Line in the sand
What was once a market full of promise, the Middle East PPP sector is quickly becoming known more for its delays and cancellations.
Following the suspension of Egypt’s programme until a new government is appointed in the autumn, Abu Dhabi’s Department of Transport confirmed reports last week that it is to look at "other options" for the $2.65bn highway PPP between Mafraq and Ghweifat after three years in procurement.
According to one lawyer in the region, the project was coming in at around 60% more expensive than expected and the transport ministry had failed to keep the Department of Finance aware of developments.
Saudi’s Medina Airport has also faced delays on bidding and banks are jittery about lending into Egypt, Bahrain and countries most at risk of political unrest.
"The volume of new PPP projects has been hit pretty hard by recent events," says Charles Hollis, director of the Middle East Association.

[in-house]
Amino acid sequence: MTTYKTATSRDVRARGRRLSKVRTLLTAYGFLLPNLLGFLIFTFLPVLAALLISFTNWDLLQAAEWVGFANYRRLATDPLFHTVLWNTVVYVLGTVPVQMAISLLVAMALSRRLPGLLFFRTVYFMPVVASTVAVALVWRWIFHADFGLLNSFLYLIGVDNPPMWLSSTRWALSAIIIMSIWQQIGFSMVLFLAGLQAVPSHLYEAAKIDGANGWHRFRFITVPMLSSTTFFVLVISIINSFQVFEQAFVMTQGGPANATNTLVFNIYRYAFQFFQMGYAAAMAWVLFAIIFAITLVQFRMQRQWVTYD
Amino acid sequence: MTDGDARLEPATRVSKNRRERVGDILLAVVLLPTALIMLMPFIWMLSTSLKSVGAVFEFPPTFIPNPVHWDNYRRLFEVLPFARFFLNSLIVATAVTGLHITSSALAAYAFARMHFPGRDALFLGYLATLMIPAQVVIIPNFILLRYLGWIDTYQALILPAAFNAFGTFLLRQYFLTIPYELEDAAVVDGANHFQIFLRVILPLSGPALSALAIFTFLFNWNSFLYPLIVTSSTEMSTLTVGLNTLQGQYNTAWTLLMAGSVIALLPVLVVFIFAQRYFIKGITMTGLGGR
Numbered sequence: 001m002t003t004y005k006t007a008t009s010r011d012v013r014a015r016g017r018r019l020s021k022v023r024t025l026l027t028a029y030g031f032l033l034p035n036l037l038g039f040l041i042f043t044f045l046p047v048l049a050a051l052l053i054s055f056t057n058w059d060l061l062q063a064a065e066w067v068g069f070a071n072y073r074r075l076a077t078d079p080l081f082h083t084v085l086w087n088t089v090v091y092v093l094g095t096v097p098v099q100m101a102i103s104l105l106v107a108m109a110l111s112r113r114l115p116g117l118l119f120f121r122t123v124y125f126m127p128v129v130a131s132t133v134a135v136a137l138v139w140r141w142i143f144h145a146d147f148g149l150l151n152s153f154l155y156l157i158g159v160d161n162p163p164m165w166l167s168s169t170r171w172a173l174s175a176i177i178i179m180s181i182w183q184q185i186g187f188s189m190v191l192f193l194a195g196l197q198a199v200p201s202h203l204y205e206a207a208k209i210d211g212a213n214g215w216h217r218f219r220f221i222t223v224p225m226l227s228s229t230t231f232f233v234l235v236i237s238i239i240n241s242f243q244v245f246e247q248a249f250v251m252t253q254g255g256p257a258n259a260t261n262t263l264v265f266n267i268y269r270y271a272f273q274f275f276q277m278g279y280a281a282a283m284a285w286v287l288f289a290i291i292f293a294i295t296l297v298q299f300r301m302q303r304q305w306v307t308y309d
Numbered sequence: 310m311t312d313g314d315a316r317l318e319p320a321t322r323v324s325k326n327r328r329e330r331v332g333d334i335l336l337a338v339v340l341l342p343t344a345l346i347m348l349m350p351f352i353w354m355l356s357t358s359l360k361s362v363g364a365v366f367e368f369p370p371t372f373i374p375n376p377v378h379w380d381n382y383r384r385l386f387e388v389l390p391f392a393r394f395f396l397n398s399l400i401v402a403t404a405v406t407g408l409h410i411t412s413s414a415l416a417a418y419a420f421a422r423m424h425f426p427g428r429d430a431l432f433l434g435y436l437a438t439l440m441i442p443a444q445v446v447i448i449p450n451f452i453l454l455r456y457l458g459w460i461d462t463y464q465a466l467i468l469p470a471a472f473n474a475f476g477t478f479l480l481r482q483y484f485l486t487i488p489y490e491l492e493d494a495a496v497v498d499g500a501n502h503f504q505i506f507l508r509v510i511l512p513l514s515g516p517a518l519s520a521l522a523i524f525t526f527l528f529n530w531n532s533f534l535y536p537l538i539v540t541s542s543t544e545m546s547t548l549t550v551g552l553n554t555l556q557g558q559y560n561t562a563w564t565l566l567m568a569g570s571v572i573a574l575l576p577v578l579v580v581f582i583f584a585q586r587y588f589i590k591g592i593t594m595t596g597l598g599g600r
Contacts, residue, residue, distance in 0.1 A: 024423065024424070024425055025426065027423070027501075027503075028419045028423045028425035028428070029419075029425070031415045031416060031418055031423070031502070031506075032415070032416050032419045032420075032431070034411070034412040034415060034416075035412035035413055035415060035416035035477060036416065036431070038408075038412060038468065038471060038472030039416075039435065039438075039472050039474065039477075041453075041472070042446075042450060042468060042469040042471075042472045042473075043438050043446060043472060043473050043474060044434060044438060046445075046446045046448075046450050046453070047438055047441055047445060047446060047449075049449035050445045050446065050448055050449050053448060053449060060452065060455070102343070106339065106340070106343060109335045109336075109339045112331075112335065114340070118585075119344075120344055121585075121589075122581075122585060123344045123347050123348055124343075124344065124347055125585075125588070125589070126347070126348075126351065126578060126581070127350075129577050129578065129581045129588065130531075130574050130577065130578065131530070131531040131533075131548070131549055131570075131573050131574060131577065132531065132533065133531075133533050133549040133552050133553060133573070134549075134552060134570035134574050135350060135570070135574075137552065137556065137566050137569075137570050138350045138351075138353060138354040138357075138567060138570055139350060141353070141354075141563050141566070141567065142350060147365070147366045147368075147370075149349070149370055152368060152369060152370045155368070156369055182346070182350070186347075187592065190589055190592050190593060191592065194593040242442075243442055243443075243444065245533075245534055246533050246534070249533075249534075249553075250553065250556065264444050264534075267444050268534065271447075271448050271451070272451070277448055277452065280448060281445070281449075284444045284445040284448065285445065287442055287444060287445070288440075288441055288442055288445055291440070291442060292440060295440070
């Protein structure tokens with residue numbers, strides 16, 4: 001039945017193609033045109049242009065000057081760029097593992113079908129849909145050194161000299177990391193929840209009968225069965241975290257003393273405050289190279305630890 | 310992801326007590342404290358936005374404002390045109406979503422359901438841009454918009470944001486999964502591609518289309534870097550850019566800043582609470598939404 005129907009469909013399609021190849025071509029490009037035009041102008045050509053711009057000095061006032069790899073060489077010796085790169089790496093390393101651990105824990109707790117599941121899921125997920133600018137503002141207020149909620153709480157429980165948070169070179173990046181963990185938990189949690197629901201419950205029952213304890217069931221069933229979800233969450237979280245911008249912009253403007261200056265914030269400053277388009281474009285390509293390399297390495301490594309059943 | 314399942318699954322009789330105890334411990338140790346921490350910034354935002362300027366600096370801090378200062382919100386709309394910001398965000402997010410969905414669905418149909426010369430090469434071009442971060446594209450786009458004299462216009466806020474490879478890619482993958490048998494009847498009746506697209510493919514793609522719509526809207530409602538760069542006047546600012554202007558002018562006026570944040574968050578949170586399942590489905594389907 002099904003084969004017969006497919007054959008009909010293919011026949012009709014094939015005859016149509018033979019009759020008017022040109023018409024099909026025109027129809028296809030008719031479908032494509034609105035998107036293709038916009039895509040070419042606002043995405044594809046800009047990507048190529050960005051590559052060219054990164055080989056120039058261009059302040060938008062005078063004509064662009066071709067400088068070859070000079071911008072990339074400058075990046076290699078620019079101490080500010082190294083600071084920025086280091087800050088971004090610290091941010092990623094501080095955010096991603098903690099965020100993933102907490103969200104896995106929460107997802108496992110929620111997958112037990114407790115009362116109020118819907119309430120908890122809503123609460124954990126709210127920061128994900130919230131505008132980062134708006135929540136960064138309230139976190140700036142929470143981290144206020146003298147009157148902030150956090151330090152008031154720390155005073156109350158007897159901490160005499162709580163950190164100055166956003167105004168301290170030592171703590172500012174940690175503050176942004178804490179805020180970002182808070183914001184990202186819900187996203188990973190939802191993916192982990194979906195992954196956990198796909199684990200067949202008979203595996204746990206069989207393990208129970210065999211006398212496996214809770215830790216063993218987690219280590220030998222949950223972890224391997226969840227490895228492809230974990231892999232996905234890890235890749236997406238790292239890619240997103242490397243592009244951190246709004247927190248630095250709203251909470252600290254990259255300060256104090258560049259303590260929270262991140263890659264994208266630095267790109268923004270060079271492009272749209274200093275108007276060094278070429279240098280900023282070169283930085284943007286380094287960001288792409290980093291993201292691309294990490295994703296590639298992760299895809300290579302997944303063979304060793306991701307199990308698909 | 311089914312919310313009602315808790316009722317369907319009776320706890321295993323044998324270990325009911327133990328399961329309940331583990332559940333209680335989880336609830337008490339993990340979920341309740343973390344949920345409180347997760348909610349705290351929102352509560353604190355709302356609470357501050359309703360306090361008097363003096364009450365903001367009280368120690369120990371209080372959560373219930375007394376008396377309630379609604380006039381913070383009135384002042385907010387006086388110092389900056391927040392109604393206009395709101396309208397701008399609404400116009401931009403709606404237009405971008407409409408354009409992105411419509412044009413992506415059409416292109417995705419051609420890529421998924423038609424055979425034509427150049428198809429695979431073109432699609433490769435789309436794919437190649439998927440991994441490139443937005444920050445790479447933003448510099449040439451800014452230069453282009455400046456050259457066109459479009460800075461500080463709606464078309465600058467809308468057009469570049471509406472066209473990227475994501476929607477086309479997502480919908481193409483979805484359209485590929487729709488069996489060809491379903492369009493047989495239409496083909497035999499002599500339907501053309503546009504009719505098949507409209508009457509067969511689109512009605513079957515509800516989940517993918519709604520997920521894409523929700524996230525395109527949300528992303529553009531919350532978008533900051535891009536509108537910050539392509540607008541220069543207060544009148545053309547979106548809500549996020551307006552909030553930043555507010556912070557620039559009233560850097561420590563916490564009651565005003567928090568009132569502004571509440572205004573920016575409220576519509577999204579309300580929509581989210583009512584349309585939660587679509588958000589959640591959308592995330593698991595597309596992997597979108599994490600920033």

So where does all this leave the future of PPPs in the region?
"PPPs are in a kind of difficult place right now," says the lawyer.
"Everyone is looking to Egypt to be an extremely strong market but until the elections have happened and a new government has taken shape, that pipeline is uncertain."
With Egypt, Bahrain and possibly Abu Dhabi being grouped together, there is growing distinction between individual markets in the region.
While lending into certain countries may be difficult, there are no such concerns about Saudi, Kuwait, Qatar or the UAE.
"It boils down to the countries that can't afford the capital expenditure – Egypt, Bahrain…and the countries that can afford it like Abu Dhabi and Saudi but want to use the private sector to diversify the economy and achieve better delivery of services."
Indeed, where there is Abu Dhabi, there is also Kuwait.
Although there will be a pause while new governments bed down, Kuwait’s Partnerships Technical Bureau is being heralded for its robust pipeline of work.
Its current ambitions include hospitals, airports and metro projects.
"That will be the market in the short-term," says the source. "I think Dubai will be a brighter story [also]."
"It is too early to say yet whether [the Mafraq cancellation] is a long-term trend," says Hollis. "I doubt it as much needs to be done and some form of private sector financing will be required to do it all."
There is unlikely to be much positive news from the Gulf before the autumn but in the meantime there are plenty of reasons to remain confident beyond the borders of Egypt and Abu Dhabi.